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RS43 - Women in Skepticism

Release date: September 11, 2011

No, this episode is not about "elevatorgate" or the Watson-Dawkins debacle, but we do use these recent (in)famous events as a springboard for a broader discussion of women in skepticism and science. Is there a misogyny problem in the skeptic and atheist communities? Why aren't there more more women involved in these communities? Also, Julia tells us about her own experience as a young woman skeptic.

Julia's pick:  "Paul Graham Essays"

Massimo's pick: "Not For Profit: Why Democracy Needs the Humanities"



References (4)

References allow you to track sources for this article, as well as articles that were written in response to this article.

Reader Comments (19)

This was a great episode. Regarding Jenny McCarthy, I think it perfectly makes sense to show a picture of her in bikini, because after all, this is how she made her career (more or less). It's not that she is a respected scientist or expert on autism.

Regarding sex difference in science and science careers, I recommend reading a series of articles be Ceci and Williams who show that there is no discrimination against women. Here is one article:

September 11, 2011 | Unregistered CommenterGil

One cannot just look at women being interrupted more by men than men being interrupted by women and conclude that discrimination exists. The assumption here is that a neutral observer would interrupt men and women at the same rate, but we cannot assume this.

Omitted variable bias!

September 12, 2011 | Unregistered CommenterAgagooga

Among other things, PZ Myers is opposed to sockpuppetry on 'net forums and boards. For the most part, I agree with him, but ever since "Elevatorgate" I think I can come up with a place where having a sockpuppet account might prove somewhat enlightening.

If a man were to set up a female sockpuppet / alter ego account, he might just get to see firsthand how often (and how quickly) this alter ego could get propositioned. There can very quickly and easily come a point where he would learn just how tiresome these kinds of things can get (to be polite). It would certainly give him some insight into how best to tone back his own behavior...

Just a thought.

September 13, 2011 | Unregistered CommenterJim Phynn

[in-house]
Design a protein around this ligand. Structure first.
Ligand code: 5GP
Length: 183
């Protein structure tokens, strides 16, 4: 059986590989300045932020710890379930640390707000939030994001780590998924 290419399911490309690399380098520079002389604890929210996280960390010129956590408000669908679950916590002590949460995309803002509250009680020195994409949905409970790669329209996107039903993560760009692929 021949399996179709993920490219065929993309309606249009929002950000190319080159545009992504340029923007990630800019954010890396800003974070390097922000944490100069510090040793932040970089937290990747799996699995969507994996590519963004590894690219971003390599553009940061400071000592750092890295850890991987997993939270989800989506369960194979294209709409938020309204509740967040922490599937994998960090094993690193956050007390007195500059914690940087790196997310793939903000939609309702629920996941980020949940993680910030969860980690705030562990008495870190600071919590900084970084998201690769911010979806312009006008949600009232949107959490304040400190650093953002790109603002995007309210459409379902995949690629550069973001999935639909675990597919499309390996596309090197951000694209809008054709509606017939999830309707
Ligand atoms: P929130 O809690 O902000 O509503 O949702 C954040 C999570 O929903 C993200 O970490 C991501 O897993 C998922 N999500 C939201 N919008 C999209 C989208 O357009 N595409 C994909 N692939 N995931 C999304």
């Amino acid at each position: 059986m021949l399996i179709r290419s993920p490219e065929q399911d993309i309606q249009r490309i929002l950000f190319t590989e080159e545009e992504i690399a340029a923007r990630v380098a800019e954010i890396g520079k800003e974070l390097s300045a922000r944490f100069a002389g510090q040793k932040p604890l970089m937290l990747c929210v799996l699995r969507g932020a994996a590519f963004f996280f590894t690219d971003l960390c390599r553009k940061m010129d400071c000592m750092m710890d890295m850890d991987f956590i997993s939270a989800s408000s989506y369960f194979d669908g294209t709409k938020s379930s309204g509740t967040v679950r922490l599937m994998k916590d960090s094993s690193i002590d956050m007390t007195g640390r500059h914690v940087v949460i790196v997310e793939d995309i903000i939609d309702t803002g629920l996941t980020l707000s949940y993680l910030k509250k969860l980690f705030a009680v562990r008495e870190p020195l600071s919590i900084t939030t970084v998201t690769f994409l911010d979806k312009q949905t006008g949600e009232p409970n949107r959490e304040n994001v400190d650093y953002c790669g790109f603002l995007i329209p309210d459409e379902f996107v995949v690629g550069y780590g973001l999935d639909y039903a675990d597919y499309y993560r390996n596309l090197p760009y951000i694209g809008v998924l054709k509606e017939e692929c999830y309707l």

You mentioned the possible differences between how men and women deal with social situations, and that women may tend to be less interested in conflict. I have seen this explanation applied not just to the skeptic/atheist/etc. sphere, but also to science and academia in general. The idea is that (male) professors and scientists tend to have competitive, adversarial, or even antagonistic relationships as a matter of course; they constantly question and criticize each other's conclusions and assertions. Most women who try for such positions are, in the end, unwilling to adapt to such an environment. Even worse, those who do adapt are abandoning what society has deemed appropriate behavior for women, and may end up being liked or respected even less than their confrontation-avoiding counterparts. (Women who stand up for themselves are generally viewed differently, by both women and men, than men who stand up for themselves.) Looking at things from this perspective reveals a host of behaviors that need serious work. There are steps that women can take to mitigate the immediate situation, but the real problems are the typical male behaviors and the double standards that accompany them.

September 14, 2011 | Unregistered CommenterKevin

It may be difficult getting data on whether women are less skeptical than men, but we have a reliable proxy variable: it has been well-demonstrated that women are more religious than men.

Also, pointing out alleged discrimination surely leads to a reduction in it. But this doesn't show that discrimination existed, just that people were keen to avoid the impression of it.

September 18, 2011 | Unregistered CommenterAgagooga

To me, the most interesting part of this podcast was our expectation that skeptics are going to be more reasonable and enlightened on social issues and in social behavior. It can be a huge and difficult task to apply skepticism to one's own emotions and behavior. The skeptical community may not provide the tools for this. It seems that changing some of these behaviors would require a lot of self-reflection, discussion, and maybe even therapy.

A shout-out to Julia regarding Burning Man! I wonder if you dropped by our camp, the Skeptical Bastards.

September 25, 2011 | Unregistered CommenterDang

As a non-drinker the nuance of alcohol consumption escapes me. Could someone explain why is it that wine drinking is the sign of intellectuality and beer drinking is an 'icon of stupidity'? Is this related to why blue collar people who haven't studied philosophy in depth can't really be happy?

October 6, 2011 | Unregistered CommenterThameron

Amidst all the bloviating about "Elevatorgate," here's a reality check that you didn't explicitly address in the podcast:

While, I deplore sexist discrimination in the workplace (if it still exists), what Rebecca experienced in the elevator was not sexist discrimination. It was an example of natural, normal mating behavior that has always existed and will always exist. Without males taking the initiative in the mating game -- however awkward the flirting is, as in this case -- the population would plummet. Us beta males know all too well that waiting around for a women to hit on us will guarantee a life of celibacy.